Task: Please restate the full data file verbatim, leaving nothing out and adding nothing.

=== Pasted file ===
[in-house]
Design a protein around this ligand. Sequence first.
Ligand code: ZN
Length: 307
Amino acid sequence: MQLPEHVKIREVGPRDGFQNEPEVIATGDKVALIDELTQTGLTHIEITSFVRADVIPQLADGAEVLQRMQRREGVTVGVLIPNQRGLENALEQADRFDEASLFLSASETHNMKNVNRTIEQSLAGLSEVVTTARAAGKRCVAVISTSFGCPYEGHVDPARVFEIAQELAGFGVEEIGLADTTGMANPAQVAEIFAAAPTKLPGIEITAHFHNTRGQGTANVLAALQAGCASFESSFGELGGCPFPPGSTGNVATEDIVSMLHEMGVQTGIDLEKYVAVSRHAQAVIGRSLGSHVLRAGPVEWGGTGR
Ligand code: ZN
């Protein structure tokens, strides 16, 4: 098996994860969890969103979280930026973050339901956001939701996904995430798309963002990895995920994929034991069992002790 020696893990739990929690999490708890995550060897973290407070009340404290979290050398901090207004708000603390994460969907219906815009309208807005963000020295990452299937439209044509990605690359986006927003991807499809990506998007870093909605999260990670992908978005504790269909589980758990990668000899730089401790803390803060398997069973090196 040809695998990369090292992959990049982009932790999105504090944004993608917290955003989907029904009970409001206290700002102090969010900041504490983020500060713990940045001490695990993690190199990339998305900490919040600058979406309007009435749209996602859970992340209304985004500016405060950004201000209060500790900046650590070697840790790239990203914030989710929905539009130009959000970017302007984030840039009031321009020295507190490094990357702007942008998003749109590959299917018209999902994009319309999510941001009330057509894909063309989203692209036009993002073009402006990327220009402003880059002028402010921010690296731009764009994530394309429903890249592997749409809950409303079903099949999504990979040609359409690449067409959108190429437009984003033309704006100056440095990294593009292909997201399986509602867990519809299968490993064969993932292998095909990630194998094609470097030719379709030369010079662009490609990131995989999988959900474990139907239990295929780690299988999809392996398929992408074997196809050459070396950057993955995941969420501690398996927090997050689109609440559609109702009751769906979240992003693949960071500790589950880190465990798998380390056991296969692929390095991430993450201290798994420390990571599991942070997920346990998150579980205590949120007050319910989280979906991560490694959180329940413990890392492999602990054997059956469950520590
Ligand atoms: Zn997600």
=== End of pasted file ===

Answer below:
[in-house]
Design a protein around this ligand. Sequence first.
Ligand code: ZN
Length: 307
Amino acid sequence: MQLPEHVKIREVGPRDGFQNEPEVIATGDKVALIDELTQTGLTHIEITSFVRADVIPQLADGAEVLQRMQRREGVTVGVLIPNQRGLENALEQADRFDEASLFLSASETHNMKNVNRTIEQSLAGLSEVVTTARAAGKRCVAVISTSFGCPYEGHVDPARVFEIAQELAGFGVEEIGLADTTGMANPAQVAEIFAAAPTKLPGIEITAHFHNTRGQGTANVLAALQAGCASFESSFGELGGCPFPPGSTGNVATEDIVSMLHEMGVQTGIDLEKYVAVSRHAQAVIGRSLGSHVLRAGPVEWGGTGR
Ligand code: ZN
């Protein structure tokens, strides 16, 4: 098996994860969890969103979280930026973050339901956001939701996904995430798309963002990895995920994929034991069992002790 020696893990739990929690999490708890995550060897973290407070009340404290979290050398901090207004708000603390994460969907219906815009309208807005963000020295990452299937439209044509990605690359986006927003991807499809990506998007870093909605999260990670992908978005504790269909589980758990990668000899730089401790803390803060398997069973090196 040809695998990369090292992959990049982009932790999105504090944004993608917290955003989907029904009970409001206290700002102090969010900041504490983020500060713990940045001490695990993690190199990339998305900490919040600058979406309007009435749209996602859970992340209304985004500016405060950004201000209060500790900046650590070697840790790239990203914030989710929905539009130009959000970017302007984030840039009031321009020295507190490094990357702007942008998003749109590959299917018209999902994009319309999510941001009330057509894909063309989203692209036009993002073009402006990327220009402003880059002028402010921010690296731009764009994530394309429903890249592997749409809950409303079903099949999504990979040609359409690449067409959108190429437009984003033309704006100056440095990294593009292909997201399986509602867990519809299968490993064969993932292998095909990630194998094609470097030719379709030369010079662009490609990131995989999988959900474990139907239990295929780690299988999809392996398929992408074997196809050459070396950057993955995941969420501690398996927090997050689109609440559609109702009751769906979240992003693949960071500790589950880190465990798998380390056991296969692929390095991430993450201290798994420390990571599991942070997920346990998150579980205590949120007050319910989280979906991560490694959180329940413990890392492999602990054997059956469950520590
Ligand atoms: Zn997600």